The LRS-B has had the luxury of living in the dark world for the better part of a decade, this includes having funds poured into its development with little scrutiny or oversight. Now, with its disclosure imminent, it will be flung on the bloody Congressional butcher block. Especially now that the 'too big to fail' F-35 is nearly past a point of no return. With the program's budget already highly questionable when it comes to size versus aim, once the menacing stealth bomber is uncloaked it will immediately draw fire, especially due to competing priorities.
Northrop Grumman does not spend big money on a Super Bowl quality ad for vanity, they do it as a first public shot in a possibly very protracted battle over the largest aircraft contract coming down the pipeline possibly for decades to come.
Considering the dollar figures at stake, with projections ranging from $55B to well over $100B just for the aircraft's acquisition and development alone, a high-end commercial that millions in the country will most likely see sometime over its running is just a drop in the bucket and in some ways a very smart tactical move. Being able to also take that same ad and strategically place it in front of decision makers eyes a massive added bonus.
The minds at Northrop Grumman know full well that once that sheet is ripped off their new stealth bomber it will be tossed into combat immediately, not high over the skies of an enemy nation, but in the halls of Congress and in the Oval Office of a new President.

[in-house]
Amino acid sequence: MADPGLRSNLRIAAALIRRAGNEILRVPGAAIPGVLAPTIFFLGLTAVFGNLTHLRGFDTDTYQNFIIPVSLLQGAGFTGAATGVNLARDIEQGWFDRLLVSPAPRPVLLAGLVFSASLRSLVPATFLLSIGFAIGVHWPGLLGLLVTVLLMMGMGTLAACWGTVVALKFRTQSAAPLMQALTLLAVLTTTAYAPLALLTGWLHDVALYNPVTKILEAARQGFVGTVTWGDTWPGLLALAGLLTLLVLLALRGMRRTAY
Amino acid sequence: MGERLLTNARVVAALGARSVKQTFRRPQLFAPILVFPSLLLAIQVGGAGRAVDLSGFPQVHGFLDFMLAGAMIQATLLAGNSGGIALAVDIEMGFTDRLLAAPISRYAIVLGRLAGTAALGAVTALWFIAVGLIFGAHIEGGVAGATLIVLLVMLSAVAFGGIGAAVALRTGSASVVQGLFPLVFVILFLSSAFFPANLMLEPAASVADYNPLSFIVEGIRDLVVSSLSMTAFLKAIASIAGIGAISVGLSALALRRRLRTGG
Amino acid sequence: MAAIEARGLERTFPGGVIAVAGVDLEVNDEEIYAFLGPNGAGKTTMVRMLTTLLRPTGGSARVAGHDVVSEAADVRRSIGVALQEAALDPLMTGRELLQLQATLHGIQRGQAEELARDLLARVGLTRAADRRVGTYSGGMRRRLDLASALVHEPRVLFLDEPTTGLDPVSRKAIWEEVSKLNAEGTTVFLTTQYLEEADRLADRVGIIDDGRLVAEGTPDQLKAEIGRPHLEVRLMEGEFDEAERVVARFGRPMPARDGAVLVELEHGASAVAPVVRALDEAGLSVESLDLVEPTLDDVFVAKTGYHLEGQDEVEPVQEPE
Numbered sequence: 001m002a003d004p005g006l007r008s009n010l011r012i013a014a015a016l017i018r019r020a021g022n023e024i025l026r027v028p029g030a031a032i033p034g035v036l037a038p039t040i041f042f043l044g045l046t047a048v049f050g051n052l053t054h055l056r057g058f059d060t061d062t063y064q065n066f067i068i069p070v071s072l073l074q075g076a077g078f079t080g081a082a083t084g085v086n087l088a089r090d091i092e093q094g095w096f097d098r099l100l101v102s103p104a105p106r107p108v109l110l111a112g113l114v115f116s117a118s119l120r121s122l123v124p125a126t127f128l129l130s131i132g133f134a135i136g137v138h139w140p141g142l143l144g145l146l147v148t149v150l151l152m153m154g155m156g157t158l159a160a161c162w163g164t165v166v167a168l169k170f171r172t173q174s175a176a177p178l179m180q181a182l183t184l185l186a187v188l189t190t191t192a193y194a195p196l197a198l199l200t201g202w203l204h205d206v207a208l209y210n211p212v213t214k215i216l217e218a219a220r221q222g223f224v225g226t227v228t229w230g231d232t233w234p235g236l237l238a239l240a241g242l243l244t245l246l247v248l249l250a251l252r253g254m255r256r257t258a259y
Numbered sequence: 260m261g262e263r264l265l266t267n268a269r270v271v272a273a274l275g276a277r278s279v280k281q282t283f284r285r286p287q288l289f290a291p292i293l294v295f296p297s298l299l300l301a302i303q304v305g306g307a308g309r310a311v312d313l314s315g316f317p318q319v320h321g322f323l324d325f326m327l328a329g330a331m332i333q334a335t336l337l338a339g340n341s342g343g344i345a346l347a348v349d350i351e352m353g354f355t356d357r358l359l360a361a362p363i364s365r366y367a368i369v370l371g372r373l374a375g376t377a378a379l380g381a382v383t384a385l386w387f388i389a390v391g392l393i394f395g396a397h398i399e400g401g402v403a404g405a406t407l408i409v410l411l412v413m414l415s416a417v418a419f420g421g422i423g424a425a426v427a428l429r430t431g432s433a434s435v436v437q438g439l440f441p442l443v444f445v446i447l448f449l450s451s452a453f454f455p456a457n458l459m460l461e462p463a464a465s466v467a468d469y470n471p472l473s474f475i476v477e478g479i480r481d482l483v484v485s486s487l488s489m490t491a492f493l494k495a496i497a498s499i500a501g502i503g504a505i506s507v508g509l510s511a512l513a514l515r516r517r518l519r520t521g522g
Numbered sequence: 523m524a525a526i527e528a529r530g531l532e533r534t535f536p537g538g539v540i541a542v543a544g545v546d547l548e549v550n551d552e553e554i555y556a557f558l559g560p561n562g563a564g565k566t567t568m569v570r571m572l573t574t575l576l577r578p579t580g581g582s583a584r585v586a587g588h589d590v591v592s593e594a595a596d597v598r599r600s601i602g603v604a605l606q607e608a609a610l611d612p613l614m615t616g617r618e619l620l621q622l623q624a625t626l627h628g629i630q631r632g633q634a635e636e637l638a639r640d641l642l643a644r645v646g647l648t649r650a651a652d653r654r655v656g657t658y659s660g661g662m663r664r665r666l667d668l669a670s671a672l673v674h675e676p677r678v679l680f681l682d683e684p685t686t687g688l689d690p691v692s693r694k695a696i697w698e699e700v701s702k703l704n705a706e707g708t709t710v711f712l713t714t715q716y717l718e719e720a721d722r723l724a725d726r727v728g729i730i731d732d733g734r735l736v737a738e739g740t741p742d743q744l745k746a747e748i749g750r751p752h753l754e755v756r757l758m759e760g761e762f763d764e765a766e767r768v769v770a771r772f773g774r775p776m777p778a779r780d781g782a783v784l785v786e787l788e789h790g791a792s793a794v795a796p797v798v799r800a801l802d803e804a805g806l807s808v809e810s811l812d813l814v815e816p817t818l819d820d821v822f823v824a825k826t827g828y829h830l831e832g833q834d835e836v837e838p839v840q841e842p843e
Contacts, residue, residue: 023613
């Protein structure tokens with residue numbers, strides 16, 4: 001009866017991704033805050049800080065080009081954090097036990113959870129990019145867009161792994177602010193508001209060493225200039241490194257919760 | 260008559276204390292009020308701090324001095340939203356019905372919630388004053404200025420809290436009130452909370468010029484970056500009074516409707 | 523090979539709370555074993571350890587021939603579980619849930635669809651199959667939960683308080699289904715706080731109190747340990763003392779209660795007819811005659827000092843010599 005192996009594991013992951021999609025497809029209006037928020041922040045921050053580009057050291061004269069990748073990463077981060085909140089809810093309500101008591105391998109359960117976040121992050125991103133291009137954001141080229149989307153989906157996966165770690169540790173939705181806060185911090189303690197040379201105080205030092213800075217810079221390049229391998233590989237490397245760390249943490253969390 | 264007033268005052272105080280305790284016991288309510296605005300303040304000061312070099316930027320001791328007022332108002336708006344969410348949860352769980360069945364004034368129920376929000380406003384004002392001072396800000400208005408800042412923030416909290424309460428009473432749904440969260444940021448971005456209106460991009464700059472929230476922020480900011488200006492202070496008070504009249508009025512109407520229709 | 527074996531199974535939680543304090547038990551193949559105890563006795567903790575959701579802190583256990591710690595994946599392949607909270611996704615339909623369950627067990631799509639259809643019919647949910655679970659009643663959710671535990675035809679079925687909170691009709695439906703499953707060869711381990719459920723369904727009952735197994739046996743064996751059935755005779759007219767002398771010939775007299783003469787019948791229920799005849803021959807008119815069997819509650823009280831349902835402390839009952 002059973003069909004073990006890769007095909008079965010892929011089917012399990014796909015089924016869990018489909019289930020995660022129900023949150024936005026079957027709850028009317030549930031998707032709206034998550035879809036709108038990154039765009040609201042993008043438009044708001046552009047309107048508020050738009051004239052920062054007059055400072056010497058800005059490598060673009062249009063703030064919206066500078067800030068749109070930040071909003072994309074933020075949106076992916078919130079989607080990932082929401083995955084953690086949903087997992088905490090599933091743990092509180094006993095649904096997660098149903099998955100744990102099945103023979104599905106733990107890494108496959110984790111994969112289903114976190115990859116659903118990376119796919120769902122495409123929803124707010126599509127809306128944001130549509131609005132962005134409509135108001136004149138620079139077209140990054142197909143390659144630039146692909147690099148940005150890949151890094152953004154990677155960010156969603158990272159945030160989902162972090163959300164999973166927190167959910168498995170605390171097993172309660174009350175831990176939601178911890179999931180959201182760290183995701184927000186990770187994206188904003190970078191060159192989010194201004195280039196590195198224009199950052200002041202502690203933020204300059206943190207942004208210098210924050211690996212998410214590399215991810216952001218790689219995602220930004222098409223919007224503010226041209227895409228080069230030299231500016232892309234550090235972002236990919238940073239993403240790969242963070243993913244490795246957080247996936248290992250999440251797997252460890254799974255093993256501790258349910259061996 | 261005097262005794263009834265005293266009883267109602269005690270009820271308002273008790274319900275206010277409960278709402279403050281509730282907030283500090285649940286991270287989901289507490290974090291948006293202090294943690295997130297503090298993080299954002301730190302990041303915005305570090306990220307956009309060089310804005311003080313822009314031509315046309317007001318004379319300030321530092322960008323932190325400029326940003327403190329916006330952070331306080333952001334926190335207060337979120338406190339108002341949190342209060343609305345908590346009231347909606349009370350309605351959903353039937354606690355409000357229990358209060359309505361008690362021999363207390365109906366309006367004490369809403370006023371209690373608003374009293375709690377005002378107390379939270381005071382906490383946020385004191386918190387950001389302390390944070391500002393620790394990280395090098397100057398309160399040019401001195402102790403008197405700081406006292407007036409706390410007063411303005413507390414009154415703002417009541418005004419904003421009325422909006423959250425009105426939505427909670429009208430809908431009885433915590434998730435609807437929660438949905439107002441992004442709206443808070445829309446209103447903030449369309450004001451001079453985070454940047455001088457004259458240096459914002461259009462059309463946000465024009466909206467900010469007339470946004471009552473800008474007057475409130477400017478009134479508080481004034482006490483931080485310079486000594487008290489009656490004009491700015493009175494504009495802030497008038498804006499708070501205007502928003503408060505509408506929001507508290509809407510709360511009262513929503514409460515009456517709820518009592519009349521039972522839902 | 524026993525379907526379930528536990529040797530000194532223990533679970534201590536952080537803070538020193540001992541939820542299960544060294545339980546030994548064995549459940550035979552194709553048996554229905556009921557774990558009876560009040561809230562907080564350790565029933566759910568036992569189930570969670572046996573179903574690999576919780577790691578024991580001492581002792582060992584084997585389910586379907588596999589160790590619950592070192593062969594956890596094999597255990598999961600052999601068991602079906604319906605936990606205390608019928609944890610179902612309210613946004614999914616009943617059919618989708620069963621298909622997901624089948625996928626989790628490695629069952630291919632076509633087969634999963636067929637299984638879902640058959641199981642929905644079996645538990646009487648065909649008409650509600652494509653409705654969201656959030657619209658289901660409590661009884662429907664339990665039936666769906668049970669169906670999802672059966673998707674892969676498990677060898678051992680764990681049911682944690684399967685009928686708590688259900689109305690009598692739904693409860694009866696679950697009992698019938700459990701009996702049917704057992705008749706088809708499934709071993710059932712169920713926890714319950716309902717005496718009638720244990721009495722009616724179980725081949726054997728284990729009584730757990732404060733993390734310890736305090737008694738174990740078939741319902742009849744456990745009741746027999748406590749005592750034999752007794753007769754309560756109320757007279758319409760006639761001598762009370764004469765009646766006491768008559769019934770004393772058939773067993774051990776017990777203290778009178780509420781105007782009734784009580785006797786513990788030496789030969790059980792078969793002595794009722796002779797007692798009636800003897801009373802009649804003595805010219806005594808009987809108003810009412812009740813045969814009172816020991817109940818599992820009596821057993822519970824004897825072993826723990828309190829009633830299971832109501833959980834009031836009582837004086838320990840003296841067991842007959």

Simply put, in the big scheme of things (as in many tens of billions of dollars big) spending big bucks on a high-end ad and running it accordingly is a minuscule price to pay to begin getting America interested in wanting to see what the hell is hiding under that sheet. It's like a keynote presentation and that sheet is basically the "Oh yeah, one more thing."
Northrop Grumman and their new pet super bomber may need every invested mind they can get in order to survive. The cost of losing that fight for a company with no KC-46 or F-35 to see them through could be catastrophic. At the very least, it would almost certainly put them out of the bomber business forever.
Tyler Rogoway is a defense journalist and photographer who maintains the website Foxtrot Alpha for Jalopnik.com You can reach Tyler with story ideas or direct comments regarding this or any other defense topic via the email address Tyler@Jalopnik.com